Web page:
"Tails did and do not fit into what has become our culinary fascination with white meat," Carolan tells Mental Floss. "But also from a marketing [and] processor standpoint, if the consumer was just going to throw the tail away, or will not miss it if it was omitted, [suppliers] saw an opportunity to make additional money."

Indeed, the fact that Americans didn't have a taste for tail didn't prevent the poultry industry from moving on. Tails were being routed to Pacific Island consumers in the 1950s. Rich in protein and fat—a turkey tail is really a gland that produces oil used for grooming—suppliers were able to make use of the unwanted portion. And once consumers were exposed to it, they couldn't get enough.

“By 2007,” according to Carolan, “the average Samoan was consuming more than 44 pounds of turkey tails every year.” Perhaps not coincidentally, Samoans also have alarmingly high obesity rates of 75 percent. In an effort to stave off contributing factors, importing tails to the Islands was banned from 2007 until 2013, when it was argued that doing so violated World Trade Organization rules.

With tradition going hand-in-hand with commerce, poultry suppliers don’t really have a reason to try and change domestic consumer appetites for the tails. In preparing his research into the missing treat, Carolan says he had to search high and low before finally finding a source of tails at a Whole Foods that was about to discard them. "[You] can't expect the food to be accepted if people can't even find the piece!"

Unless the meat industry mounts a major campaign to shift American tastes, Thanksgiving will once again be filled with turkeys missing one of their juicier body parts.

Have you got a Big Question you'd like us to answer? If so, let us know by emailing us at bigquestions@mentalfloss.com.

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Food
Here's the Butterball Hotline's Most Frequently Asked Turkey Question
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If you’re preparing to conquer a whole turkey for the first time this Thanksgiving, you may have some questions. Like, is bigger really better? How long should the turkey rest? And is dunking the bird in a deep-fryer a bad idea? But if data from the Butterball Turkey Talk-Line is any indication, the first and most important question you have concerns defrosting. As Fox News reports, how to properly thaw a turkey is the hotline's most frequently asked question—and has been for some time.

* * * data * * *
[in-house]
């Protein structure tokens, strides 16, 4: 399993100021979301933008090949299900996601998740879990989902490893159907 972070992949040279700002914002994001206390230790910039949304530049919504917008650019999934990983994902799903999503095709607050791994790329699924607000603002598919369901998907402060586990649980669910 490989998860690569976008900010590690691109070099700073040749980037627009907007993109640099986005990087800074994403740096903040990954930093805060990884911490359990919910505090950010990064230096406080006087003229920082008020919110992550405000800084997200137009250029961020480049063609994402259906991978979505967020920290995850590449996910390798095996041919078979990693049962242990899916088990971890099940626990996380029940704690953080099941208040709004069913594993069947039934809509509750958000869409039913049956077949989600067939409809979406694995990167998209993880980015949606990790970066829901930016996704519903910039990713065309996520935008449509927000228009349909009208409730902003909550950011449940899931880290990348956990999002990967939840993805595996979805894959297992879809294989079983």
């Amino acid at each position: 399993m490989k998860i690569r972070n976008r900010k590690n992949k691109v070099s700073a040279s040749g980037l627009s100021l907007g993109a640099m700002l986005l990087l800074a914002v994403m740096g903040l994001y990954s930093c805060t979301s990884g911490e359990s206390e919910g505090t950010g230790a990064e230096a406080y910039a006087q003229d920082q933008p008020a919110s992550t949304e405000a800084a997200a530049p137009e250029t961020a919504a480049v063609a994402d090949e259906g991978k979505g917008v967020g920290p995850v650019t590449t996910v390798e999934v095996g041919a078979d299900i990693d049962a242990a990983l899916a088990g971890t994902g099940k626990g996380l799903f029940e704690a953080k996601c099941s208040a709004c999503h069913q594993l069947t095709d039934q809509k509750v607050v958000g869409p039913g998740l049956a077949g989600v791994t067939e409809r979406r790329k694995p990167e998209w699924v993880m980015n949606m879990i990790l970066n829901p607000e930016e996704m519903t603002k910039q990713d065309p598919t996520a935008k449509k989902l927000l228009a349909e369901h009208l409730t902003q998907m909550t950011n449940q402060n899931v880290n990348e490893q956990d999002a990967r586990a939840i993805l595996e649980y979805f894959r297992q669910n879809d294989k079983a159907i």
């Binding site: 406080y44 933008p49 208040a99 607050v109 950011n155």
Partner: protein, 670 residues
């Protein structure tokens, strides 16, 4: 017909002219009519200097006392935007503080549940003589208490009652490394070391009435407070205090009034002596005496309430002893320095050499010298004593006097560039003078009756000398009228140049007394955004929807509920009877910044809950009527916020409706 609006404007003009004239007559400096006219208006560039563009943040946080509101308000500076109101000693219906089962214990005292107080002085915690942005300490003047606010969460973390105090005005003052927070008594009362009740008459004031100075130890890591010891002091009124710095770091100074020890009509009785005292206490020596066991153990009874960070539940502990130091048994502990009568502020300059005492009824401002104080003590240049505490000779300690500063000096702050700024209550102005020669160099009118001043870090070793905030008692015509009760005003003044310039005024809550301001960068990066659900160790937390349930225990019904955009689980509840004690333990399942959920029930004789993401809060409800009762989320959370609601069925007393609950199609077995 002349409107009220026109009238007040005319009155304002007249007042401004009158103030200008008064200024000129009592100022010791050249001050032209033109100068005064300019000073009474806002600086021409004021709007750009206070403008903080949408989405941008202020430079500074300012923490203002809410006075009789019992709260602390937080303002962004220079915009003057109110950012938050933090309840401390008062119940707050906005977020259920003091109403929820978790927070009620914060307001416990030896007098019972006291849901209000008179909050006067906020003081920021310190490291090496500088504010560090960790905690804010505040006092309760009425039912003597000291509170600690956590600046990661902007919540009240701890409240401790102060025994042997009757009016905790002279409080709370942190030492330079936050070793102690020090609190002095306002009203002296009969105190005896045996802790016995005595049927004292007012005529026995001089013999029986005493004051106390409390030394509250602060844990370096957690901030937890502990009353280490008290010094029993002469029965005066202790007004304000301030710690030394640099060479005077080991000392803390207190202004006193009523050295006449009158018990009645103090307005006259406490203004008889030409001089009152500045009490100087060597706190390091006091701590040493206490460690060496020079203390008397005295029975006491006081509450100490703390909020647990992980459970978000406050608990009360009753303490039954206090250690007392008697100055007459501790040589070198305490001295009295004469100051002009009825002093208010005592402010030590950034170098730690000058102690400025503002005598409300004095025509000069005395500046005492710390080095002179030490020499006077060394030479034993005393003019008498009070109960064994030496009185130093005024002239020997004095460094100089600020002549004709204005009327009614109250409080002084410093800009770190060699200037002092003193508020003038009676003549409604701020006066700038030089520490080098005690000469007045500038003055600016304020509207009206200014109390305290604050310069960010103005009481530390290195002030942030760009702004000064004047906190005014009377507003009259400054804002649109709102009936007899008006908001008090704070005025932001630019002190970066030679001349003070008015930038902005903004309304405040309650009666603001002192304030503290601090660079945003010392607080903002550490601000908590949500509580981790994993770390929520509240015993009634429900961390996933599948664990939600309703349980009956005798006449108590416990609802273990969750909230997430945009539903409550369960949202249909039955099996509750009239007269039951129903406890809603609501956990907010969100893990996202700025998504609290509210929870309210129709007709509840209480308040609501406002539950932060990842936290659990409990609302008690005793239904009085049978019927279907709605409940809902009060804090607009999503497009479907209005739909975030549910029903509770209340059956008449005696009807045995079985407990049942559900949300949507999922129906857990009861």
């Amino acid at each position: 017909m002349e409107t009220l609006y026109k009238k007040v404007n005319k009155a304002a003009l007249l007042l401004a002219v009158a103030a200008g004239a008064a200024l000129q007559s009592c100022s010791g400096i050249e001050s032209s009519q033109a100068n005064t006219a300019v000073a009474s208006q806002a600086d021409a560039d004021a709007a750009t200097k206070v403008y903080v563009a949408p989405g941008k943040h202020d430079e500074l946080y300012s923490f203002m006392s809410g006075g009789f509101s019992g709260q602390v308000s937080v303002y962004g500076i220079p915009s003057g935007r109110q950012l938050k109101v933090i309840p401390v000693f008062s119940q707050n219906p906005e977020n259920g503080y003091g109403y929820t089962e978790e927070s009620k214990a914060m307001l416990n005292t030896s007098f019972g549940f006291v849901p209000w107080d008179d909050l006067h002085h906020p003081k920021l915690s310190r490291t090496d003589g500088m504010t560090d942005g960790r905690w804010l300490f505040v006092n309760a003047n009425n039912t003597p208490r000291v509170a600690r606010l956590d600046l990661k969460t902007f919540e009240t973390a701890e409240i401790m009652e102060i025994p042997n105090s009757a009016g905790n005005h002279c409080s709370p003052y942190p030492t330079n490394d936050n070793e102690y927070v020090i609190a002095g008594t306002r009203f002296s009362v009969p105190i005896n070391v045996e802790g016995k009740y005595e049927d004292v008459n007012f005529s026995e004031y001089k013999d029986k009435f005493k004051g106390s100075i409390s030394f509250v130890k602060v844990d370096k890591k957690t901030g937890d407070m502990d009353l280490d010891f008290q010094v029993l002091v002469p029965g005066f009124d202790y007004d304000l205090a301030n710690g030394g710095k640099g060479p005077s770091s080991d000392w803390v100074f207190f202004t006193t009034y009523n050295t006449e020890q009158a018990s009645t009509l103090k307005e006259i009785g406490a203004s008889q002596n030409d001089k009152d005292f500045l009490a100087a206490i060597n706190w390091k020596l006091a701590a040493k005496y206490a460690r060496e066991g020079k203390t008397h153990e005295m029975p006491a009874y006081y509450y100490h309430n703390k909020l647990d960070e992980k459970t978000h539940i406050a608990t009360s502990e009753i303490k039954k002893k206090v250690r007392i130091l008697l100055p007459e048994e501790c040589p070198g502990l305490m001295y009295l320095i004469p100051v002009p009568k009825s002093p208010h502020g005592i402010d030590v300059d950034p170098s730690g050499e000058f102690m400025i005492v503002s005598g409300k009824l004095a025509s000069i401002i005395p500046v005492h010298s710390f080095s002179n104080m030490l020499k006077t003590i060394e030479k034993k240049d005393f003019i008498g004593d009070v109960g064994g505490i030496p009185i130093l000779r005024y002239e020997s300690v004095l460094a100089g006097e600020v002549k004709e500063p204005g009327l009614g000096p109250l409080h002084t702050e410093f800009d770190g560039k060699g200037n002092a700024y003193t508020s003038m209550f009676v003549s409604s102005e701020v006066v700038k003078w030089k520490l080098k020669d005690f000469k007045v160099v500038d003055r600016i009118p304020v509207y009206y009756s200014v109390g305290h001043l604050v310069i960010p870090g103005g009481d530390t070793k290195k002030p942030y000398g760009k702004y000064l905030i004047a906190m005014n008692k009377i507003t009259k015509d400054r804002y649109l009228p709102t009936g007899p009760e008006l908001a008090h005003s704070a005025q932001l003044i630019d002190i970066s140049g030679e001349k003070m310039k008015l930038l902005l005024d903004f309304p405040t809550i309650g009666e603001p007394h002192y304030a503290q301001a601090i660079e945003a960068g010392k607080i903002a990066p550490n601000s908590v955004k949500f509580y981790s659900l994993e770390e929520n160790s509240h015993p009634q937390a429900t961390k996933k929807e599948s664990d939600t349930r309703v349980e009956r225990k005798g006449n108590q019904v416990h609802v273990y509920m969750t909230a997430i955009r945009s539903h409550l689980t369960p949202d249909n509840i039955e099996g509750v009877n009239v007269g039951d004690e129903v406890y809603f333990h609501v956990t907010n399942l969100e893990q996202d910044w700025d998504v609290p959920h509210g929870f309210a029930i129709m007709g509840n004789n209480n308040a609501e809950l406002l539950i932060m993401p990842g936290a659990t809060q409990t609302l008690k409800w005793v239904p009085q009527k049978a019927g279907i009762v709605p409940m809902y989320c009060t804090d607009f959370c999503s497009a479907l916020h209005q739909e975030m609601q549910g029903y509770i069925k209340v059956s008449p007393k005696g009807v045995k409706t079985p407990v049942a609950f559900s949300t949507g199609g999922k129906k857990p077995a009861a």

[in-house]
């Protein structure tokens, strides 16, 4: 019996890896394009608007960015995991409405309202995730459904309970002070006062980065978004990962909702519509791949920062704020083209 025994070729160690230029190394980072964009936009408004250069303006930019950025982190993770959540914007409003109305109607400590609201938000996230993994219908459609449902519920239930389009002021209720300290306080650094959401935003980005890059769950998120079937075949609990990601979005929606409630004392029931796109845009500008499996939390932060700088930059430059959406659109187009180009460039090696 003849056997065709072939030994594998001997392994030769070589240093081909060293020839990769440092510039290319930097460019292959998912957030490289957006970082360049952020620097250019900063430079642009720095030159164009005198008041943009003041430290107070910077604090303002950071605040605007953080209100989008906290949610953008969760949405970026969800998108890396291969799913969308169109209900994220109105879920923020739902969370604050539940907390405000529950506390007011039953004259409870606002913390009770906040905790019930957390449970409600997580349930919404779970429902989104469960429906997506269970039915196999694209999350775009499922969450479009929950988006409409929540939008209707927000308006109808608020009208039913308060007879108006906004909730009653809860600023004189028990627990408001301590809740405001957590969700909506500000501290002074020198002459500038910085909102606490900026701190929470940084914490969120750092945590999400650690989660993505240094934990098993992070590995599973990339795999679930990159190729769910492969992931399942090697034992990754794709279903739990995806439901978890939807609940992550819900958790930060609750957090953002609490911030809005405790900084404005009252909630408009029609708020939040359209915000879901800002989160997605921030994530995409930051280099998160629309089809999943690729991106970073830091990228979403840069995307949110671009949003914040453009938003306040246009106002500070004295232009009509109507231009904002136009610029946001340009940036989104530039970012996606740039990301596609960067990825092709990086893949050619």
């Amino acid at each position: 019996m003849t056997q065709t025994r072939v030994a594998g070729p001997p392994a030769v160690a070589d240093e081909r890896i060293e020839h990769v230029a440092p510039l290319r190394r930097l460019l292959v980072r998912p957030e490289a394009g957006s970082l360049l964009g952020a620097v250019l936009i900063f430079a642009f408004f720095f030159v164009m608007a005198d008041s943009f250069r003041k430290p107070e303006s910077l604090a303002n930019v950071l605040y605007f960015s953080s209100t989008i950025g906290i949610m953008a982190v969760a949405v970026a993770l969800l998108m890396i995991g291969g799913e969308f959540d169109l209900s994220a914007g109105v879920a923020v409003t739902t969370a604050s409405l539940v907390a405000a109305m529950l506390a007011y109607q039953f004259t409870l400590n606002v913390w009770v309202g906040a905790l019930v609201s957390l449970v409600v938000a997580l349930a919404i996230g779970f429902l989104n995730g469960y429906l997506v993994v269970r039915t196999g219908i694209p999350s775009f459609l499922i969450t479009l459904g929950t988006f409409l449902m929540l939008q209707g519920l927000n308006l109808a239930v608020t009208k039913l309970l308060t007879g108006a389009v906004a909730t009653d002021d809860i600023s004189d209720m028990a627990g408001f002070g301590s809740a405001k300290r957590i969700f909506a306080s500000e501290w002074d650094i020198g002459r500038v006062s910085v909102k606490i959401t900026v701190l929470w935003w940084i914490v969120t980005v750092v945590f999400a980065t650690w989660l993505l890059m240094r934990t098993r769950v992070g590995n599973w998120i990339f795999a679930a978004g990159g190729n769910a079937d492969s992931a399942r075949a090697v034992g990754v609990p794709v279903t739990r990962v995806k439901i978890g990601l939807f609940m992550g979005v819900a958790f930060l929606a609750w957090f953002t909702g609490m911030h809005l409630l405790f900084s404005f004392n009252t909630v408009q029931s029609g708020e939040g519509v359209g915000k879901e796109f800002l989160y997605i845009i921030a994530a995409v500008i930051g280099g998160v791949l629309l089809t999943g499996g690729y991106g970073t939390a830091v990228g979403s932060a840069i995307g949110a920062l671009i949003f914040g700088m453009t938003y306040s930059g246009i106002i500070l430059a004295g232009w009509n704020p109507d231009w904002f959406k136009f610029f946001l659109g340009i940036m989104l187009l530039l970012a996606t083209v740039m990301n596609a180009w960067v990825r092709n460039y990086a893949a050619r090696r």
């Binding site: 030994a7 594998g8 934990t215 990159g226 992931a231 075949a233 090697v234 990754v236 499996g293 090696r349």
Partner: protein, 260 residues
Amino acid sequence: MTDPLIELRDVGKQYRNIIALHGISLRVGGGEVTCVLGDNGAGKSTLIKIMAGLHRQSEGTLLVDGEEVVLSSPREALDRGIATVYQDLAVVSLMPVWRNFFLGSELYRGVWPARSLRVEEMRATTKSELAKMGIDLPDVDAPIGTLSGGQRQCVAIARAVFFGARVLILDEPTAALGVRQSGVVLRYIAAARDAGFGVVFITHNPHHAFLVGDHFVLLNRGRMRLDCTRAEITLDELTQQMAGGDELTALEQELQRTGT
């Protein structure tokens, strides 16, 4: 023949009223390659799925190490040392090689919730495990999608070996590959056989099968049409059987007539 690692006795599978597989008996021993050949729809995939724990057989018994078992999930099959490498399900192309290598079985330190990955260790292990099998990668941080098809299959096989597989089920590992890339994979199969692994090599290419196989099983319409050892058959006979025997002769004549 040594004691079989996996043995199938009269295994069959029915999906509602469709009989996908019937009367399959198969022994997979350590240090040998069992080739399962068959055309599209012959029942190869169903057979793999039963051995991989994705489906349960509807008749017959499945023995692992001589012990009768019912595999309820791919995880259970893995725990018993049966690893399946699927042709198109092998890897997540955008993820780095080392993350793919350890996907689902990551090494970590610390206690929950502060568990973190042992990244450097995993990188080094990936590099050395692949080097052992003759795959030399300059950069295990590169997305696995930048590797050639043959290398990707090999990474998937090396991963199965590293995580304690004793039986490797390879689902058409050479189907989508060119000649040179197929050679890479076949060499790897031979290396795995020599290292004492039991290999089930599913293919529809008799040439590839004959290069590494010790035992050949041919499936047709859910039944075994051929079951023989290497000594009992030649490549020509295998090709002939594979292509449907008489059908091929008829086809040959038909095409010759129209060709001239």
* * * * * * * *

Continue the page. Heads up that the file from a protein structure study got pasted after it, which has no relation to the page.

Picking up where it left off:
Dial the Butterball experts in the days leading up to Thanksgiving and they’ll likely tell you that there are two ways to handle a frozen turkey. The first is to unwrap it, place it on a tray, breast-side up, and leave it to sit in the refrigerator for a few days. The rule of thumb is to allow one day for every four pounds of turkey you’re thawing. So if you have an eight-pound bird, begin the defrosting process two days before Thanksgiving; if it’s 16 pounds, you need to let it thaw for four days.

Don’t panic if you’re reading this Wednesday night. There’s a quicker method for home cooks who prefer to wait until the last minute to start thinking about Thanksgiving dinner. Empty and clean the sink in your kitchen and fill it with cold water. With the plastic wrapping still on, submerge the turkey in the bath, breast-side down, and leave it alone. After 30 minutes, change out the water and flip the turkey so that it’s breast-side up. Repeat the process until the meat has fully thawed, which should take half an hour per pound. (So if you’re willing to stay up the night before, you can have a frozen turkey oven-ready by Thanksgiving morning.)

Have more burning questions about your dinner’s starring dish? You can call or text Butterball for guidance between now and December 24 (for those Christmas Eve questions). For additional turkey-cooking expertise, check out our list of tips from real chefs.

[h/t Fox News]